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Archive for the ‘Opera’ Category

…and perhaps the Met will put on a good Turandot production.

1/7 Turandot @ The Metropolitan Opera

1. Why would a tenor who cannot be heard over the orchestra, especially up in the Family Circle, be allowed to perform? At the beginning of the opera I thought that the orchestra had perhaps decided to play really loudly. I’ve never had a problem hearing vocalists at the Met, even way up in the balcony, but Philip Webb, who played Calaf, was mostly inaudible for the entire opera. By the time Act II rolled around, I had pretty much resigned myself to enjoying the playing of the orchestra and mentally substituting Franco Corelli’s voice. When Webb went to strike the gong 3 times at the end of Act 1 to declare Calaf’s intent to pursue the princess Turandot, he missed the first time. Seemed fitting. Surprisingly, his version of “Nessun Dorma” was pretty decent (and audible), and given a nice round of applause by the audience, but turned into an awkward moment when conductor Andris Nelsons decided to pause the music and then realized the audience wasn’t THAT enthusiastic and silence reigned. The other vocalists were bearable, though not standouts. Maria Guleghina as Turandot was stronger than Webb, but sounded as if she had swallowed her upper register and was all over the place with some of her pitches.  Maija Kovalevska sang well as Liu, but her character sounded distant, and I did not feel particularly empathetic towards her. The chorus and the orchestra provided a bright spot, but certainly not enough to overcome the disappointment of the leads. 

2. 35 minutes of music and 25 minutes of intermission? Really? I understand that the magnificent set by Zefferelli probably requires a large amount of time to change. And I gasped like many in the audience when the imperial, gaudy scene of the second act was revealed. But almost as much time chilling in my seat as watching the opera? Wonderful as the visual effect may be, I don’t think it justifies 25 minutes of intermission. As a director once told me, people come to the theater to watch acting and singing, not scene changes.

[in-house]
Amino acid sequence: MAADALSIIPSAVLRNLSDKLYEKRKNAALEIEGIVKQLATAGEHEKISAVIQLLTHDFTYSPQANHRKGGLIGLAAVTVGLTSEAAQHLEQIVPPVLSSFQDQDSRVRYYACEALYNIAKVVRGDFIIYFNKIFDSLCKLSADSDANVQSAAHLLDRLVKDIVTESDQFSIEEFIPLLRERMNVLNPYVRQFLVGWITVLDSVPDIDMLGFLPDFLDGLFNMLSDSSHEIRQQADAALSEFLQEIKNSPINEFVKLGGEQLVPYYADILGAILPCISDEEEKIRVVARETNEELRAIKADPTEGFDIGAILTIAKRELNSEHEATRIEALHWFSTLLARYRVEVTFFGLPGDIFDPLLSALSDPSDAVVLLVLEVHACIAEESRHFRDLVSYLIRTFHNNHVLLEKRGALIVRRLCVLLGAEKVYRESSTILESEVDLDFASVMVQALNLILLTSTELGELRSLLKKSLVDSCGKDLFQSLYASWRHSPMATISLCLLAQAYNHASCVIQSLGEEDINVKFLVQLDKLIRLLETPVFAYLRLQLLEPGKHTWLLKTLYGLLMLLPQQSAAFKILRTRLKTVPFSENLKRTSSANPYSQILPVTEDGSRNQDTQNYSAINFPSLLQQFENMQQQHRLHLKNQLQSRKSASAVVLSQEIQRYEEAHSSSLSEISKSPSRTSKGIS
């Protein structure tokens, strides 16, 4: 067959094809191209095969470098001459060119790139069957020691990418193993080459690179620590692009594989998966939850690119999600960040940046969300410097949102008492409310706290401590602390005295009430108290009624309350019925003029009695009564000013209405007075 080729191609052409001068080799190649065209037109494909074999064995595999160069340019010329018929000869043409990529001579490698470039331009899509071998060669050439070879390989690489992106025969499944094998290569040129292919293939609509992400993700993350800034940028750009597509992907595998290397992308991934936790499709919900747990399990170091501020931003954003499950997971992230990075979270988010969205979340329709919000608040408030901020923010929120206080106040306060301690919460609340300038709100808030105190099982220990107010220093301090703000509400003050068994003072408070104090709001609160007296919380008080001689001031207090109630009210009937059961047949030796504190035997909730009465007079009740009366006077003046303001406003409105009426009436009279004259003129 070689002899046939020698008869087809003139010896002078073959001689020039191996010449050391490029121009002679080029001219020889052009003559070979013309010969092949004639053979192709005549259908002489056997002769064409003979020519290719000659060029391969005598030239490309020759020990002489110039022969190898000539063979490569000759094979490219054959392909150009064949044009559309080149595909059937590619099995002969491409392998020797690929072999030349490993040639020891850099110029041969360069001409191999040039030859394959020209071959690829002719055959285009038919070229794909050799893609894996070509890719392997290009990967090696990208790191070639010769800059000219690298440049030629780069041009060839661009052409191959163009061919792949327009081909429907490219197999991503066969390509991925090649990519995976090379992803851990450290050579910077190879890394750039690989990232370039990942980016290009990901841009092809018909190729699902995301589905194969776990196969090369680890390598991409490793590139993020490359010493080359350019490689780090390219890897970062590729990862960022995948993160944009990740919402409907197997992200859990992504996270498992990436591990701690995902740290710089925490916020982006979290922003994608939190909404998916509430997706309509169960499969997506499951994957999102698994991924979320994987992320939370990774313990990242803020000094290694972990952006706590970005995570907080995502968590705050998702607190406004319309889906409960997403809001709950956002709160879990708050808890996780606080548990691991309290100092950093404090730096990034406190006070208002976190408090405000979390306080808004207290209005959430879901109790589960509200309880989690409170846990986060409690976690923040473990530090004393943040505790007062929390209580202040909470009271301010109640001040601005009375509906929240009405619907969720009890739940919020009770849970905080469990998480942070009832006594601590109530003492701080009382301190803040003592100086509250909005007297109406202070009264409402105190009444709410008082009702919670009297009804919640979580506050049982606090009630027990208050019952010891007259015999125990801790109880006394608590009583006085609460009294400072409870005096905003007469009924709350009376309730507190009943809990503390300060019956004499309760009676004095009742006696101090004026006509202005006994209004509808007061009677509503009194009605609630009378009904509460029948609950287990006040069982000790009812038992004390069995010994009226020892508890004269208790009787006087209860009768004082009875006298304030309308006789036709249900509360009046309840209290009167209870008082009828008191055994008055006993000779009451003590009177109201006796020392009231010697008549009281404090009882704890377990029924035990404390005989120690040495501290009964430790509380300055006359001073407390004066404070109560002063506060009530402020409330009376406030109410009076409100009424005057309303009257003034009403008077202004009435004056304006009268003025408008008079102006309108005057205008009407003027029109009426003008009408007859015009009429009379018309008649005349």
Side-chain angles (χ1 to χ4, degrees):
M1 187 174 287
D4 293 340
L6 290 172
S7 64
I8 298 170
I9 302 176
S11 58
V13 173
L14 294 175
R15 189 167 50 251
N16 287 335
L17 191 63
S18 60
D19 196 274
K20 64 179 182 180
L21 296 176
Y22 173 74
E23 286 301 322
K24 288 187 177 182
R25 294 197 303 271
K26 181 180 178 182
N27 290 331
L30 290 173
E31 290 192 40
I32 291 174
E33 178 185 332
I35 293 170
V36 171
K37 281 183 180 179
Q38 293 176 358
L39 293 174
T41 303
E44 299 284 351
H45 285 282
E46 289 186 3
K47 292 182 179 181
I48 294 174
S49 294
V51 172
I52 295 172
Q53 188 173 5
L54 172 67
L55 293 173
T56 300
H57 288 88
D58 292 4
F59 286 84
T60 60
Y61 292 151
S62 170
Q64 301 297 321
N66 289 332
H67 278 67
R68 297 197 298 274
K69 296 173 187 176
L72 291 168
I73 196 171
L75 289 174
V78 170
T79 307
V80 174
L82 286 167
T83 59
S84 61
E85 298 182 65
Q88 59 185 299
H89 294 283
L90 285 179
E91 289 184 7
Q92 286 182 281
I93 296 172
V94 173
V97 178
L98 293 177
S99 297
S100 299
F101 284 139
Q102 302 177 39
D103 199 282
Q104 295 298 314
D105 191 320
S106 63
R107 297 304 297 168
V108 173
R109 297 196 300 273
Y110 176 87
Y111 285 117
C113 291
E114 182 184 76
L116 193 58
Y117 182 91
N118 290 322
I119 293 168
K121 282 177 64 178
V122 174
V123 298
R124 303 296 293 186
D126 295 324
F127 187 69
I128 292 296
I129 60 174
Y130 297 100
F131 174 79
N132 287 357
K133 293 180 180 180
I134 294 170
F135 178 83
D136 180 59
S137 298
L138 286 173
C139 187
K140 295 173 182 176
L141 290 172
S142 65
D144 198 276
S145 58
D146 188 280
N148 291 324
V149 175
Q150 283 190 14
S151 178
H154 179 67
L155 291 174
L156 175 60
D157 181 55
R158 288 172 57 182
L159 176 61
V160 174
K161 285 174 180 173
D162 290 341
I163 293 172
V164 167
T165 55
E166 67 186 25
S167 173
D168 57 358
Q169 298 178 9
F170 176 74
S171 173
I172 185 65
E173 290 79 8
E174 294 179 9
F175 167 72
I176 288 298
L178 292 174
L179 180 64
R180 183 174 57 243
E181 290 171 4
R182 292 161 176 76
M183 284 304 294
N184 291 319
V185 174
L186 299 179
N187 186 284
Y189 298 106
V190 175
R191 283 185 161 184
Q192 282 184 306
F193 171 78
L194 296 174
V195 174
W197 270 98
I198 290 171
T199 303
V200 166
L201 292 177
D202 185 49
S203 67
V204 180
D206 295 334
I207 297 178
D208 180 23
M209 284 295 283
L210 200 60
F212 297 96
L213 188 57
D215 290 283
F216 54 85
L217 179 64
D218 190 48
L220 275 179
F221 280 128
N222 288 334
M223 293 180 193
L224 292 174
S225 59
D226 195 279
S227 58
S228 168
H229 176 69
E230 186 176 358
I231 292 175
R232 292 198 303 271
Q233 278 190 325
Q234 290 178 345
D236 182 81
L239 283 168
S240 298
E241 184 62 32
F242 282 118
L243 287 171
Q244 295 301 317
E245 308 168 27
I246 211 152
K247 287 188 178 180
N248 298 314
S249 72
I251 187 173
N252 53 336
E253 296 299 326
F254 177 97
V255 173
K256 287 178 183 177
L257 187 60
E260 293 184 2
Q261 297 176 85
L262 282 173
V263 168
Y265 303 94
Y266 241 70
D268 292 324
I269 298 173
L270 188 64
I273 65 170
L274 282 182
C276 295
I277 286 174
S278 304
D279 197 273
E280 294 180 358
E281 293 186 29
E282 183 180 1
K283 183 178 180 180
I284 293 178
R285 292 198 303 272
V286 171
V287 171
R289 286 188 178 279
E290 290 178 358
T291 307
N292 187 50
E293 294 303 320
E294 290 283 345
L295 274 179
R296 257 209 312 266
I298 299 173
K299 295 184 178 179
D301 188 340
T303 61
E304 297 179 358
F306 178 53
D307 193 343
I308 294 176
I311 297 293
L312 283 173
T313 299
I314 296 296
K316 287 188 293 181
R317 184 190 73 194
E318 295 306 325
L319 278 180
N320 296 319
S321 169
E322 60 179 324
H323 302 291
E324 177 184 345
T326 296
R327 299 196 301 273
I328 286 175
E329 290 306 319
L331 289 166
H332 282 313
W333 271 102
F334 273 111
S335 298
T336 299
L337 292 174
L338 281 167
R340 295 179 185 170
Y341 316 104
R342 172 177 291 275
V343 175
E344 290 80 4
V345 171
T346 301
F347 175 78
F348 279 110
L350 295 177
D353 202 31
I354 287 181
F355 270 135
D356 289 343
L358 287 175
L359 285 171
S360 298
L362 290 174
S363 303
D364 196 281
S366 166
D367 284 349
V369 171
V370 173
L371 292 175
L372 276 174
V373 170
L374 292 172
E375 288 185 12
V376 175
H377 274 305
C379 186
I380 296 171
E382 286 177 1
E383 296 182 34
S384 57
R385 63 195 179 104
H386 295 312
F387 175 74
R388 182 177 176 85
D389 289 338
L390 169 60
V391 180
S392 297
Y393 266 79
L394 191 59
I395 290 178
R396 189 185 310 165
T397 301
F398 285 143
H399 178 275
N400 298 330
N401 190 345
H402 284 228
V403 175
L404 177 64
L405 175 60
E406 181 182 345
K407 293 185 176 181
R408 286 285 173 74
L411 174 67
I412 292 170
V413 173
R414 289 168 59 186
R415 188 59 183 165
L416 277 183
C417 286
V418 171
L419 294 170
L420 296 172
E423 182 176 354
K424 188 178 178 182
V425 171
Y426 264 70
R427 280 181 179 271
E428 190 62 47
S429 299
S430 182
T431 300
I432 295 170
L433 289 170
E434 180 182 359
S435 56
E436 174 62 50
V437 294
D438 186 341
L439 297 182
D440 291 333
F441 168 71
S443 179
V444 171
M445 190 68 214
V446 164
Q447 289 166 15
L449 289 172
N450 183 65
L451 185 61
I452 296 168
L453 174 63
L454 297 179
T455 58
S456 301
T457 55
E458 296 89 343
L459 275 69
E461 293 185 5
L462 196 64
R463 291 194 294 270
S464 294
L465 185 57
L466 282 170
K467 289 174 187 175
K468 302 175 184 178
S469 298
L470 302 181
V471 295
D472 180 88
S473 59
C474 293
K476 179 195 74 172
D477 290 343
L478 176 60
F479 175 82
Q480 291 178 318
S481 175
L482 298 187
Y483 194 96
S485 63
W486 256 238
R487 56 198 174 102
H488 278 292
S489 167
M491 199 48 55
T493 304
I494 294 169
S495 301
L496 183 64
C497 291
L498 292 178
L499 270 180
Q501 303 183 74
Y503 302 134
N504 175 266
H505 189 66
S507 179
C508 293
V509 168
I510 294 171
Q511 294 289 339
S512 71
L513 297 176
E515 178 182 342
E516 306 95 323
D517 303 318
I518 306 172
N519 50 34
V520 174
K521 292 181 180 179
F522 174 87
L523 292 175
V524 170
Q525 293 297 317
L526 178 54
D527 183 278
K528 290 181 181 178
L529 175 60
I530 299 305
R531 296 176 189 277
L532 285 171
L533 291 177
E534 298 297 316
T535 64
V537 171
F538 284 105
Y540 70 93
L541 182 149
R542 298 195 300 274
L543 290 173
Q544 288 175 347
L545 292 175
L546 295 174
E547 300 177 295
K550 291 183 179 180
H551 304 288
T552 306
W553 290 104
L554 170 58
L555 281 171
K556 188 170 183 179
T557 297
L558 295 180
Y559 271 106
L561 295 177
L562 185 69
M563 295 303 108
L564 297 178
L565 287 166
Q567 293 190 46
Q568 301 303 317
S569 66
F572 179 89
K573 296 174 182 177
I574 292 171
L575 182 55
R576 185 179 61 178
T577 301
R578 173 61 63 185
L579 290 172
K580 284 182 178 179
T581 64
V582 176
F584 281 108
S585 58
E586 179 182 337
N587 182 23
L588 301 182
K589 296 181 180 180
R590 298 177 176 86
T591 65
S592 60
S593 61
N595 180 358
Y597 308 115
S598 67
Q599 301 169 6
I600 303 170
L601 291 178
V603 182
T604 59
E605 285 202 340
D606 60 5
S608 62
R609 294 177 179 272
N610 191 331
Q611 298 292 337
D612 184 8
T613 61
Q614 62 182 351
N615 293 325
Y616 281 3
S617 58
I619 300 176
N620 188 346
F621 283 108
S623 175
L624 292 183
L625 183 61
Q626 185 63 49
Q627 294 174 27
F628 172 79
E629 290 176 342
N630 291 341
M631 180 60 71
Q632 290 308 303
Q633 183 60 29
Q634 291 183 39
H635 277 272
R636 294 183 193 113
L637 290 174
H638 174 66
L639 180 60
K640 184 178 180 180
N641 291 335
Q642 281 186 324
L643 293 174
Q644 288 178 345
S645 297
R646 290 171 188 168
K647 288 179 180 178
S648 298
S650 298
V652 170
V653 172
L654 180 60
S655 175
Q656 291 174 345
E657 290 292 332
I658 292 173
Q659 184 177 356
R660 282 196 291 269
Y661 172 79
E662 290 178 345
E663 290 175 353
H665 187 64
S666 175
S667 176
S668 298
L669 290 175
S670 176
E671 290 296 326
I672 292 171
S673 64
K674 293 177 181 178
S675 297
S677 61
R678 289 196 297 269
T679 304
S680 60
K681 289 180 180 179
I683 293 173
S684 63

3. Speaking of the set, why did the designers choose to leave a black drape hanging down that blocked the back of the set for most of the balcony? Does no one bother to go up to Family Circle and realize that all anyone can see of the emperor is his feet? I understand that I paid less for my ticket, but I did not purchase a discounted “limited view” seat, so why block my view with a black drape that served no observable purpose?  If the Met wants to attract a younger crowd, most of whom can’t afford a 100$ orchestra seat (and don’t have time to wait in line for 20$ ones) and will likely be sitting in the Family Circle, they should try and make a good impression. Or just take the time to look at a production from the point of view of everyone. Common courtesy? 

Perhaps I’ve overblown the significance of the failures of the production, but I walked away disapointed at the sloppiness and plain lack of care. I know that the performance wasn’t a gala opening night or the run of a new production, and there probably wasn’t anyone “important” there, but an impressionable young student who can advertise the Met to other impressionable young students (who I’m sure the Met hopes will attend when they can afford it) was there. I have the potential (like many others in the audience) to be a potent marketing tool, but after an experience like that I had on Thursday, I don’t feel like recommending the Met to anyone. What if that had been my first opera experience? I would likely not go back. And the Met should realize that perhaps the most important audience member is not in row E, but is in G116, way up in the balcony, and treat each production as a chance to impress that blossoming young opera fan.